New research shows olive oil could help reduce dementia-related deaths

Half a tablespoon of olive oil per day could aid in maintaining cognitive function

By Michael La Corte

Deputy Food Editor

Published July 28, 2023 1:50PM (EDT)

Olive Oil (Getty Images/HakanEliacik/500px)
Olive Oil (Getty Images/HakanEliacik/500px)

Most people know that in the realm of cooking fats, olive oil is considered a "good fat" because it is high in monounsaturated fatty acids, which can aid in lowering ones LDL cholesterol. But as researchers discussed at the Nutrition 2023 Conference — the American Society for Nutritions' annual meeting —new findings suggest that olive oil could serve as a tool against dementia. 

Dr. Anne-Julie Tessier, a coauthor of the research and postdoctoral fellow at the Harvard T.H. Chan School of Public Health, said in a news release that opting for "olive oil, a natural product instead of fats such as margarine and commercial mayonnaise is a safe choice and may reduce the risk of fatal dementia."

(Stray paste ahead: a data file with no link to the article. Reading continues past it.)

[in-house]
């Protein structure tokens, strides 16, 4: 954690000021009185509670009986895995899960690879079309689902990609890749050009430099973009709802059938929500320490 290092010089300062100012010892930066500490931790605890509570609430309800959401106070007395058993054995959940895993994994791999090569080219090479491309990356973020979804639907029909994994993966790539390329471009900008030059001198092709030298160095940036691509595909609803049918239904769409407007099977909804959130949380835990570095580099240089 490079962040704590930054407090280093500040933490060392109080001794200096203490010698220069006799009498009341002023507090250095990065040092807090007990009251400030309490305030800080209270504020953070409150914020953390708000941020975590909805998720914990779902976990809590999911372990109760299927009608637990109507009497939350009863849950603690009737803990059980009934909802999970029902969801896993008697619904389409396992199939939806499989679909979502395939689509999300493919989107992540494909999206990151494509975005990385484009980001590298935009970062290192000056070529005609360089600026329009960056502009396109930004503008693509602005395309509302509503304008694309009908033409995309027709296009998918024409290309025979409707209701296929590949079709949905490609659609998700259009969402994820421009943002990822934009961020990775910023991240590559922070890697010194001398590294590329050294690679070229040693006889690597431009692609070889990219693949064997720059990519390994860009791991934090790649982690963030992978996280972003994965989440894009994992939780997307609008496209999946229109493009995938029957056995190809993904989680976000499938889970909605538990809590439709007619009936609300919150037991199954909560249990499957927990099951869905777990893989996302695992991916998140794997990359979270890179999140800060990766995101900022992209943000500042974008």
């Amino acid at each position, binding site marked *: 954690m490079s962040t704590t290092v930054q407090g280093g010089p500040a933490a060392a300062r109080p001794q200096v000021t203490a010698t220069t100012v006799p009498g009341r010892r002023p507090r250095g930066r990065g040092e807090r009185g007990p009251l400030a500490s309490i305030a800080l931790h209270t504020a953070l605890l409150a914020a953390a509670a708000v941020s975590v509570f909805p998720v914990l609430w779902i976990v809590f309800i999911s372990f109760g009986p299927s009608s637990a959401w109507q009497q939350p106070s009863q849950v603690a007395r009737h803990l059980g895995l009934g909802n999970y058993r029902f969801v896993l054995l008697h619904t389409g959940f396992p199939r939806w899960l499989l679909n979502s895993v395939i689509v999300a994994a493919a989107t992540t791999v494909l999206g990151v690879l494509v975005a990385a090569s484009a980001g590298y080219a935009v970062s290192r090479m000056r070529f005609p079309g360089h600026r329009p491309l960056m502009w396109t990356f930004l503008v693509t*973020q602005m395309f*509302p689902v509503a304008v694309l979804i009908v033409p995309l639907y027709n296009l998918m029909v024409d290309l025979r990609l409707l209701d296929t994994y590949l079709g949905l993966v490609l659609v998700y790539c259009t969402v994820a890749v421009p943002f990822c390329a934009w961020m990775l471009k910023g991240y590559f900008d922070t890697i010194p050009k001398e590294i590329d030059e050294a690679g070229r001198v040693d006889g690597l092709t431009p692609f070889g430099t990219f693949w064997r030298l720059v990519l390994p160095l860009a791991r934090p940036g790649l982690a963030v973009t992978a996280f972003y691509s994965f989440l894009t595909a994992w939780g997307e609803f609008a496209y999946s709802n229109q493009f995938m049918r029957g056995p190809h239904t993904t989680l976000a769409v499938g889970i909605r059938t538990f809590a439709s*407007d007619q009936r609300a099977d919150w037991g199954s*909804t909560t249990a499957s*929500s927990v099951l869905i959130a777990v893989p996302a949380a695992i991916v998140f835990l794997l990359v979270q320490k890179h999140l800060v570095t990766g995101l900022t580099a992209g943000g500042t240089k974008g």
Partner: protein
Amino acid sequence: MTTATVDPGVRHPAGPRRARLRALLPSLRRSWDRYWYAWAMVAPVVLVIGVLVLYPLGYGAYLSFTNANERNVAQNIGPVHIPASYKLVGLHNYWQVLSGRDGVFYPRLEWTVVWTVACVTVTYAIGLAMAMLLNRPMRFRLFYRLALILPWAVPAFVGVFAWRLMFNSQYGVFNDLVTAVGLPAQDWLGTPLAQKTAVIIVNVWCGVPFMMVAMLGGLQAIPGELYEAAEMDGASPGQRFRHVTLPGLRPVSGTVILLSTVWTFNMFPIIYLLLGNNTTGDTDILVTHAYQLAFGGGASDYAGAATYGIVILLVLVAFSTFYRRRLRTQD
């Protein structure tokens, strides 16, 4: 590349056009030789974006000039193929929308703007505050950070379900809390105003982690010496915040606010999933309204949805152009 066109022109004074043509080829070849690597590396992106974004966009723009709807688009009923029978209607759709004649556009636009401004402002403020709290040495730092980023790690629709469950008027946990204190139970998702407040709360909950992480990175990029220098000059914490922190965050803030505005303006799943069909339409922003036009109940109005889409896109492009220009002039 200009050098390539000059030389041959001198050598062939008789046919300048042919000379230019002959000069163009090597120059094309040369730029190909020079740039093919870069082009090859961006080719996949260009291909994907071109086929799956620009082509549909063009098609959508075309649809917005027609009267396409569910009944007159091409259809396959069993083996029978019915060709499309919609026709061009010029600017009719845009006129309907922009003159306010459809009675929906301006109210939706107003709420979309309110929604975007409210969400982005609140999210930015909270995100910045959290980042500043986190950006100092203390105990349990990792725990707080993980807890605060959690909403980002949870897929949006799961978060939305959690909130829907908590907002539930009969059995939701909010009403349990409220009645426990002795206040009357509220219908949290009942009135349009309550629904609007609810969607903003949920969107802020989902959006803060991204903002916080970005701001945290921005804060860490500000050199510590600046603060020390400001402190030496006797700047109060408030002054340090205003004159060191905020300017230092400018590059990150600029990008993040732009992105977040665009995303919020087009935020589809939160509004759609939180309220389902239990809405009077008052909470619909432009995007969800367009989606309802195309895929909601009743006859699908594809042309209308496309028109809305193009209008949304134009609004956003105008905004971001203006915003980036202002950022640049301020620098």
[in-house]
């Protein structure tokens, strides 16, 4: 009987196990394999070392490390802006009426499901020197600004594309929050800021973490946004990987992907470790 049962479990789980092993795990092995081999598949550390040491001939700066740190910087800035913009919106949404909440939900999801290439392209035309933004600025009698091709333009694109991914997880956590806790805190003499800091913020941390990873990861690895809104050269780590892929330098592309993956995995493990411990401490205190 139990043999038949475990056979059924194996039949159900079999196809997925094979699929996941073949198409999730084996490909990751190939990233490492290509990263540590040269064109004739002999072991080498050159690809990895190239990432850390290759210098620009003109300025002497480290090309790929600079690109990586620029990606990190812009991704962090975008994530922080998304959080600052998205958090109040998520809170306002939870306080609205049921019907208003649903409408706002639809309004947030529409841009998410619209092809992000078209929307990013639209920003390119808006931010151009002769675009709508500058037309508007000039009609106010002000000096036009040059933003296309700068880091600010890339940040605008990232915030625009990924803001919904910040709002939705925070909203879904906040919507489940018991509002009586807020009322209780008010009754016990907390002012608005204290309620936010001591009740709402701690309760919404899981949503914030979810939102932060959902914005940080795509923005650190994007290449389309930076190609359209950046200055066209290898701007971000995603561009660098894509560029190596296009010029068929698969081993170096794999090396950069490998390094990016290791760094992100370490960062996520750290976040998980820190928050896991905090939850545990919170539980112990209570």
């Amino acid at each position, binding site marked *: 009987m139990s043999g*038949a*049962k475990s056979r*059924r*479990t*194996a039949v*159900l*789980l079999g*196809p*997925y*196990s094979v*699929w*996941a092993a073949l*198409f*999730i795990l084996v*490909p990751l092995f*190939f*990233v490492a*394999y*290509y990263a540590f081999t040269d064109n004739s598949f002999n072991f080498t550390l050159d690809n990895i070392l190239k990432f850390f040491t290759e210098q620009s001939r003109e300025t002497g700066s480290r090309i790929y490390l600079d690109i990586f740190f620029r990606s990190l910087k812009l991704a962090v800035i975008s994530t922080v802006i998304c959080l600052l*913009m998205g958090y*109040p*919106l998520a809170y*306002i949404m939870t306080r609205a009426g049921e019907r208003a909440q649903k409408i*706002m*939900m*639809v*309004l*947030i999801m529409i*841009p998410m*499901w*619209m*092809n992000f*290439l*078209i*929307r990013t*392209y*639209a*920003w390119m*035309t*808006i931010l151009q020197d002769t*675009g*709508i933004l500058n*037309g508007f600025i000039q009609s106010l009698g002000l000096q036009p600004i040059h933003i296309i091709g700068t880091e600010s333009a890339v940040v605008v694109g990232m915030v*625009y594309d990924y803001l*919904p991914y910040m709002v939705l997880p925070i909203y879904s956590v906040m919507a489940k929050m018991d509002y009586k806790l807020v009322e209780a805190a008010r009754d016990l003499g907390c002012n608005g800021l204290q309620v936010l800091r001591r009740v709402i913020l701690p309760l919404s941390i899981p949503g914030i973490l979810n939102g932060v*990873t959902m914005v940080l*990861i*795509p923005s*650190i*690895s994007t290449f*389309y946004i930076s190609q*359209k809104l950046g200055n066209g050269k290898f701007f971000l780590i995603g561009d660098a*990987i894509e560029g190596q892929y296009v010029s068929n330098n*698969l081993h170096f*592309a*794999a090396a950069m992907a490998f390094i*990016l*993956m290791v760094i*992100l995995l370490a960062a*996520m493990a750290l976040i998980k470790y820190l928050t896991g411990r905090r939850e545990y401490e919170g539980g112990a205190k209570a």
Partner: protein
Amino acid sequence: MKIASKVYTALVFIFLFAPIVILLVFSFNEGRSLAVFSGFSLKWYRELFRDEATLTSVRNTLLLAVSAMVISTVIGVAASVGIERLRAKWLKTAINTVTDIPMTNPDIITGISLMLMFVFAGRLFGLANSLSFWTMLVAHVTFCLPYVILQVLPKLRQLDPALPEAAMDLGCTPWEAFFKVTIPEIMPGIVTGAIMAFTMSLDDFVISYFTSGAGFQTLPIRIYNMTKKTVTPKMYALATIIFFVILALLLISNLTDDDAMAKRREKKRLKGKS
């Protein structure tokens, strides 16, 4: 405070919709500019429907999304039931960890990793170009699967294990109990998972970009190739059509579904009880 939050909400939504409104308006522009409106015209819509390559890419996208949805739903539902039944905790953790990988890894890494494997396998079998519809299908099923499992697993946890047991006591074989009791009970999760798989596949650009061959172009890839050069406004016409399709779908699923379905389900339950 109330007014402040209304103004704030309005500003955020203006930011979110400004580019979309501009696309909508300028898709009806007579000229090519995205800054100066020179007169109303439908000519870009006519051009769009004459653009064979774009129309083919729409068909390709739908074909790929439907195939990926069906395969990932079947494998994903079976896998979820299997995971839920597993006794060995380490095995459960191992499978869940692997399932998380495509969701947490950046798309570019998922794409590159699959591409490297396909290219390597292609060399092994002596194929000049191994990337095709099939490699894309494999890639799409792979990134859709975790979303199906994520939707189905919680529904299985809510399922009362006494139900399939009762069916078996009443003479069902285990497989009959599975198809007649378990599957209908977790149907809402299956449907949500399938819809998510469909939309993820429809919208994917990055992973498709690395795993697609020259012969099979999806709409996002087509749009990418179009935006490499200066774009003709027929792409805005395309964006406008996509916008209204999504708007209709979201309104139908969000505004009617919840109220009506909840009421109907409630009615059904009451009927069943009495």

As CNN reports, two separate studies were undertaken, the first with 60,600 women and the second with 32,000 men.  The study took place over 28 years, following up with the participants via questionnaires every four years. Over the 28 year period, it was found that, regardless of diet quality otherwise, "eating more than half a tablespoons of olive oil per day was associated with a 28% lower risk of dying from dementia, compared with participants who never or rarely consumed olive oil." 

The findings of the studies have not been peer-reviewed or published at this point, and the research is still new, Tessier posits that "it is also possible that olive oil has an indirect effect on brain health by benefiting cardiovascular health." 

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